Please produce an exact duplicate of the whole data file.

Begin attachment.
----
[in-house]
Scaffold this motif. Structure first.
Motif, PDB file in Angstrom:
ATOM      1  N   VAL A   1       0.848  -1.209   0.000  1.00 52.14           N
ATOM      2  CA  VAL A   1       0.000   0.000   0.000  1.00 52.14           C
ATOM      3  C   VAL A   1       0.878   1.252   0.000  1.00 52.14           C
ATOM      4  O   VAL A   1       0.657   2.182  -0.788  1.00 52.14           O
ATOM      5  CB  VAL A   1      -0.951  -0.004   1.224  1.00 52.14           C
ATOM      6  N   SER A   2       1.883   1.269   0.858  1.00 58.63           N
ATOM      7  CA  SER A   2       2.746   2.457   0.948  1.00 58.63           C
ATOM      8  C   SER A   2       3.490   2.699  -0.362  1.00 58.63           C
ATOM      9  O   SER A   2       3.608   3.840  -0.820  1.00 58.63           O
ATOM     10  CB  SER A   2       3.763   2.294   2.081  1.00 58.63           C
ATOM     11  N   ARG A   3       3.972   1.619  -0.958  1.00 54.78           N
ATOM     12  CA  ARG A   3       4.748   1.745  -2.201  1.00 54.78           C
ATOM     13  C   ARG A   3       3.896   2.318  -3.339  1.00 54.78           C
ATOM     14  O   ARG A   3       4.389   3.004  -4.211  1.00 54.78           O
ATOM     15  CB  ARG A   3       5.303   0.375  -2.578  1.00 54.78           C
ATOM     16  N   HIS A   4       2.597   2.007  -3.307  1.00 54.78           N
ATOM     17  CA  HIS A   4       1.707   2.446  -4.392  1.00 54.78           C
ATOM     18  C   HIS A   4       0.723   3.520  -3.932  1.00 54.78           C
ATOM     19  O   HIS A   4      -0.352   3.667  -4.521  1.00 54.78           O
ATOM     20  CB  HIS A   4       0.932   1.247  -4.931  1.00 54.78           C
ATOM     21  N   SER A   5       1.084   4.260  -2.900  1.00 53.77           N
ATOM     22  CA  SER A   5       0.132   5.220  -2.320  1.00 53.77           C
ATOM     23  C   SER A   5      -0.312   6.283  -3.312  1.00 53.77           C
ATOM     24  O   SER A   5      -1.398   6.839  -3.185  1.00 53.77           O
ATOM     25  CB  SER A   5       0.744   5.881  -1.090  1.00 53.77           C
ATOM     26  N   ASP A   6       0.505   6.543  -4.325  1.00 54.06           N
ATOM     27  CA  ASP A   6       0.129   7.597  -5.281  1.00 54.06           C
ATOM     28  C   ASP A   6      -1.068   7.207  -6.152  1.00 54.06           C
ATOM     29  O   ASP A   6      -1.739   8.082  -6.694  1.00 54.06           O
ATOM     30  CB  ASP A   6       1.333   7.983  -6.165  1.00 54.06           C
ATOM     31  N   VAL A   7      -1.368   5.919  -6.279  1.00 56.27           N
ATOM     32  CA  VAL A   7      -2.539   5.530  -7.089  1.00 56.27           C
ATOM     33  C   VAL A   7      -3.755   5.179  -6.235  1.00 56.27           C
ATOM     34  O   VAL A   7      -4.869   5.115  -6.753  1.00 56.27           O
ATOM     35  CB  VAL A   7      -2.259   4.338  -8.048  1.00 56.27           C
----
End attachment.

[in-house]
Scaffold this motif. Structure first.
Motif, PDB file in Angstrom:
ATOM      1  N   VAL A   1       0.848  -1.209   0.000  1.00 52.14           N
ATOM      2  CA  VAL A   1       0.000   0.000   0.000  1.00 52.14           C
ATOM      3  C   VAL A   1       0.878   1.252   0.000  1.00 52.14           C
ATOM      4  O   VAL A   1       0.657   2.182  -0.788  1.00 52.14           O
ATOM      5  CB  VAL A   1      -0.951  -0.004   1.224  1.00 52.14           C
ATOM      6  N   SER A   2       1.883   1.269   0.858  1.00 58.63           N
ATOM      7  CA  SER A   2       2.746   2.457   0.948  1.00 58.63           C
ATOM      8  C   SER A   2       3.490   2.699  -0.362  1.00 58.63           C
ATOM      9  O   SER A   2       3.608   3.840  -0.820  1.00 58.63           O
ATOM     10  CB  SER A   2       3.763   2.294   2.081  1.00 58.63           C
ATOM     11  N   ARG A   3       3.972   1.619  -0.958  1.00 54.78           N
ATOM     12  CA  ARG A   3       4.748   1.745  -2.201  1.00 54.78           C
ATOM     13  C   ARG A   3       3.896   2.318  -3.339  1.00 54.78           C
ATOM     14  O   ARG A   3       4.389   3.004  -4.211  1.00 54.78           O
ATOM     15  CB  ARG A   3       5.303   0.375  -2.578  1.00 54.78           C
ATOM     16  N   HIS A   4       2.597   2.007  -3.307  1.00 54.78           N
ATOM     17  CA  HIS A   4       1.707   2.446  -4.392  1.00 54.78           C
ATOM     18  C   HIS A   4       0.723   3.520  -3.932  1.00 54.78           C
ATOM     19  O   HIS A   4      -0.352   3.667  -4.521  1.00 54.78           O
ATOM     20  CB  HIS A   4       0.932   1.247  -4.931  1.00 54.78           C
ATOM     21  N   SER A   5       1.084   4.260  -2.900  1.00 53.77           N
ATOM     22  CA  SER A   5       0.132   5.220  -2.320  1.00 53.77           C
ATOM     23  C   SER A   5      -0.312   6.283  -3.312  1.00 53.77           C
ATOM     24  O   SER A   5      -1.398   6.839  -3.185  1.00 53.77           O
ATOM     25  CB  SER A   5       0.744   5.881  -1.090  1.00 53.77           C
ATOM     26  N   ASP A   6       0.505   6.543  -4.325  1.00 54.06           N
ATOM     27  CA  ASP A   6       0.129   7.597  -5.281  1.00 54.06           C
ATOM     28  C   ASP A   6      -1.068   7.207  -6.152  1.00 54.06           C
ATOM     29  O   ASP A   6      -1.739   8.082  -6.694  1.00 54.06           O
ATOM     30  CB  ASP A   6       1.333   7.983  -6.165  1.00 54.06           C
ATOM     31  N   VAL A   7      -1.368   5.919  -6.279  1.00 56.27           N
ATOM     32  CA  VAL A   7      -2.539   5.530  -7.089  1.00 56.27           C
ATOM     33  C   VAL A   7      -3.755   5.179  -6.235  1.00 56.27           C
ATOM     34  O   VAL A   7      -4.869   5.115  -6.753  1.00 56.27           O
ATOM     35  CB  VAL A   7      -2.259   4.338  -8.048  1.00 56.27           C